Heckscher Farm's Organic Garden
The Stamford Museum & Nature Center's Heckscher Farm has had a vegetable garden for decades. Over the years, the vegetable garden has gone through many changes with each planting season. Some seasons have seen a community based organic vegetable garden with dozens of volunteers, other seasons the garden's focus has shifted to herbs.
The goal of the vegetable garden is to educate within the context of a working organic garden. In 2004, the vegetable garden was redesigned and expanded. During the redesign, the garden's functions were explored in order to achieve a healthy educational experience for Museum visitors, while facilitating the working aspect of the garden. New raised beds were built, placing a more permanent footprint on the Heckscher Farm. Educational programs focusing primarily on the garden were expanded and a wide range of vegetables were planted to provide visitors the opportunity to visually see how many types of fruits and vegetables grow.
In 2005, the vegetable garden was doubled in size, which provided the opportunity to grow a more diverse variety of fruits and vegetables. In addition, educational programs were expanded and created to use the vegetable garden as a classroom. Our school programs bring school children into the garden where they get to experience a working garden, learn basic botany including the life cycle of a plant and the major parts and functions of a plant, and gain a greater understanding of where their food comes from. SMNC summer camps and programs also utilize the garden as a place where students learn skills and methods needed to grow a successful garden.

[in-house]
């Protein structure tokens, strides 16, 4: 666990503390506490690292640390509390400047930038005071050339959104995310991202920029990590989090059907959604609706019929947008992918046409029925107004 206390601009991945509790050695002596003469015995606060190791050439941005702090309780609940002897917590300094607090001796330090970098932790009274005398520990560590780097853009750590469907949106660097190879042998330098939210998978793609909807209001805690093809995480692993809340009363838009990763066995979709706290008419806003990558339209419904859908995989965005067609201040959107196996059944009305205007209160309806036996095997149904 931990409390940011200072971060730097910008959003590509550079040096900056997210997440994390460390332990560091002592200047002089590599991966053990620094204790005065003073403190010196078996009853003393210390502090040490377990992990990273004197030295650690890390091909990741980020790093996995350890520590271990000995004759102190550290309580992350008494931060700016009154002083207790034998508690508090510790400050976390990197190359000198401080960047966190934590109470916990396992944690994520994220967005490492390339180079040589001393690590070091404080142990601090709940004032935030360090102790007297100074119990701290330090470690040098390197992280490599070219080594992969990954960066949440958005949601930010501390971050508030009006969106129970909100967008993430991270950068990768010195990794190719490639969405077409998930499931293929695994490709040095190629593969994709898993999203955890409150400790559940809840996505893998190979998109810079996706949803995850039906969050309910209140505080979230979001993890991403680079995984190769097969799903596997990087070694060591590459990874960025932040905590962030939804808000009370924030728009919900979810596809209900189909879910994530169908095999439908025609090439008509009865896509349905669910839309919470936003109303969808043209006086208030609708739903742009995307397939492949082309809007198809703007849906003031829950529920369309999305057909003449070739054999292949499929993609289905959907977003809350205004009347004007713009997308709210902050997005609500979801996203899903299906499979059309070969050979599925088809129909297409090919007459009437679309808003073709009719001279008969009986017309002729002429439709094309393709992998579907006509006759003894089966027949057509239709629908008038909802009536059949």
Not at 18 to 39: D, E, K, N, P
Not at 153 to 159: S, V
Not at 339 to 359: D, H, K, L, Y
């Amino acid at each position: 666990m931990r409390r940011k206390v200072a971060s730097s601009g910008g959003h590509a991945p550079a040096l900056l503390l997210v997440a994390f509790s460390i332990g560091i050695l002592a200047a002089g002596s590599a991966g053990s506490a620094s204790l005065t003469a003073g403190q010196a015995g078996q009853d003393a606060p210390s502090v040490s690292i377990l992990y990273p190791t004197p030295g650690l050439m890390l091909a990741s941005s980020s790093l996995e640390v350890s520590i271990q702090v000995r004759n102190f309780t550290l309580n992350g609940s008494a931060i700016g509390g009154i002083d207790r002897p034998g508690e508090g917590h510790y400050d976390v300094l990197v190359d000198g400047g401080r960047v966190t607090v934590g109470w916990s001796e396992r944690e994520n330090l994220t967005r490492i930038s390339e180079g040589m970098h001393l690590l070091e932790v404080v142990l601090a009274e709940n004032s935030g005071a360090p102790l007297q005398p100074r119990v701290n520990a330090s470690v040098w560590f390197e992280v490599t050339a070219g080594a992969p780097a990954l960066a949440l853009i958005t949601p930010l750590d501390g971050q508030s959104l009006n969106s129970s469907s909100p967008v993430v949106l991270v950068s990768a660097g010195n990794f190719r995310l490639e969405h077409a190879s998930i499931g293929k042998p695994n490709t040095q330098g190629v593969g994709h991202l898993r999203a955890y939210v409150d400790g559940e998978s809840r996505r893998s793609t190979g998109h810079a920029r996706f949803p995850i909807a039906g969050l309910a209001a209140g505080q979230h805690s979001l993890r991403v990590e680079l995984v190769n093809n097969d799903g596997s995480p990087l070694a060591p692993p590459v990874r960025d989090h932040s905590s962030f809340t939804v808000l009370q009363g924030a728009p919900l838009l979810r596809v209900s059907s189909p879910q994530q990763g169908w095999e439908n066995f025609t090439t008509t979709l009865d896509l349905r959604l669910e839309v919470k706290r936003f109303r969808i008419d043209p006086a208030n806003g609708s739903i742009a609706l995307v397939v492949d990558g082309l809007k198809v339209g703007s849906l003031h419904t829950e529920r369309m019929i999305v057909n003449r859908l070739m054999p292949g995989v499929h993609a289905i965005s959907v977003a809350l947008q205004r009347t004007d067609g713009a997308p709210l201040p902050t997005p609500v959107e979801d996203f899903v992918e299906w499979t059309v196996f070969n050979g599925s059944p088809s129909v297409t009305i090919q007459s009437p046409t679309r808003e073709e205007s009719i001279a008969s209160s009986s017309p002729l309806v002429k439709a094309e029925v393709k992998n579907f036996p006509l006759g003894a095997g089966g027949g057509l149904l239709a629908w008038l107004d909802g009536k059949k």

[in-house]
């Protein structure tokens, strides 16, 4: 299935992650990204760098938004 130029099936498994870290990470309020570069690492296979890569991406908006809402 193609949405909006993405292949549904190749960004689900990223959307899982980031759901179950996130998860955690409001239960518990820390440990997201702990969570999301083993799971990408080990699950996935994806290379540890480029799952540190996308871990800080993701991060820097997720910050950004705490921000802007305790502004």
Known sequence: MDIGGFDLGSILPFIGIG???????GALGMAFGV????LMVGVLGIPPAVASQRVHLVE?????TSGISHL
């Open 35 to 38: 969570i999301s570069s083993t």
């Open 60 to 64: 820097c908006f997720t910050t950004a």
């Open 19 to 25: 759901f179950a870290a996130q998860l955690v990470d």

Today, the garden is cared for by a dedicated group of Museum employees and volunteers. Each year they plant dozens of heirloom varieties of vegetables, providing visitors with the opportunity to experience many of the same varieties of vegetables their grandparents planted generations ago. Last season, over 700 pounds of produce was harvest using only organic methods!
Each spring rows of onions, carrots, beets, spinach, and lettuce are planted. Cucumbers and pole beans are grown on trellis and towers. Perennial favorites like asparagus and grapes provide a bountiful harvest year after year. Started by seed indoors, tomatoes, peppers, watermelon, and muskmelons ripen in the warm summer sun. Potatoes, pumpkins, and summer squash are given room to run free in the "field". Herbs such as basil, dill, chives, cilantro, and sage are harvested and add a spice to summer dishes. Garlic is planted in the late-fall for a summer treat. Annual and perennial flowers provide bees, butterflies, and humming birds with a feast throughout the growing season. Come and experience it all at the Heckscher Farm's Vegetable Garden!